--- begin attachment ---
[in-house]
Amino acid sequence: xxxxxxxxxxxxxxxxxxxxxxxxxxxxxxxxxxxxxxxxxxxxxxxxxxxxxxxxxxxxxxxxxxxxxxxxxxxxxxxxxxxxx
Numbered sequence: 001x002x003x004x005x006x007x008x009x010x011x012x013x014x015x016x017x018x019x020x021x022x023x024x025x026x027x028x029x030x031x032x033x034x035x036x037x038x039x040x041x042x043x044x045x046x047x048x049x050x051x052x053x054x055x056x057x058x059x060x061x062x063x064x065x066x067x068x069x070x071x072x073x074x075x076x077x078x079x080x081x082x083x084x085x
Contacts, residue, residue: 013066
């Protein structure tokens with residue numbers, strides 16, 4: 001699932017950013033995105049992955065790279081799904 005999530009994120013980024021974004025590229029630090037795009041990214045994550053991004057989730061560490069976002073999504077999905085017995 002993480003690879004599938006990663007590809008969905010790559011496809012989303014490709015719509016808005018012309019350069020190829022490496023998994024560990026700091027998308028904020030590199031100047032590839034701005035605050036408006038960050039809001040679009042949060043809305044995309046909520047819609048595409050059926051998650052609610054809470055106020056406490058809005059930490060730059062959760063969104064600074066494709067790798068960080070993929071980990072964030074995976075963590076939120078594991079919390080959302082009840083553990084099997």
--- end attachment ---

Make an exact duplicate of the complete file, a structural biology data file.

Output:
[in-house]
Amino acid sequence: xxxxxxxxxxxxxxxxxxxxxxxxxxxxxxxxxxxxxxxxxxxxxxxxxxxxxxxxxxxxxxxxxxxxxxxxxxxxxxxxxxxxx
Numbered sequence: 001x002x003x004x005x006x007x008x009x010x011x012x013x014x015x016x017x018x019x020x021x022x023x024x025x026x027x028x029x030x031x032x033x034x035x036x037x038x039x040x041x042x043x044x045x046x047x048x049x050x051x052x053x054x055x056x057x058x059x060x061x062x063x064x065x066x067x068x069x070x071x072x073x074x075x076x077x078x079x080x081x082x083x084x085x
Contacts, residue, residue: 013066
């Protein structure tokens with residue numbers, strides 16, 4: 001699932017950013033995105049992955065790279081799904 005999530009994120013980024021974004025590229029630090037795009041990214045994550053991004057989730061560490069976002073999504077999905085017995 002993480003690879004599938006990663007590809008969905010790559011496809012989303014490709015719509016808005018012309019350069020190829022490496023998994024560990026700091027998308028904020030590199031100047032590839034701005035605050036408006038960050039809001040679009042949060043809305044995309046909520047819609048595409050059926051998650052609610054809470055106020056406490058809005059930490060730059062959760063969104064600074066494709067790798068960080070993929071980990072964030074995976075963590076939120078594991079919390080959302082009840083553990084099997």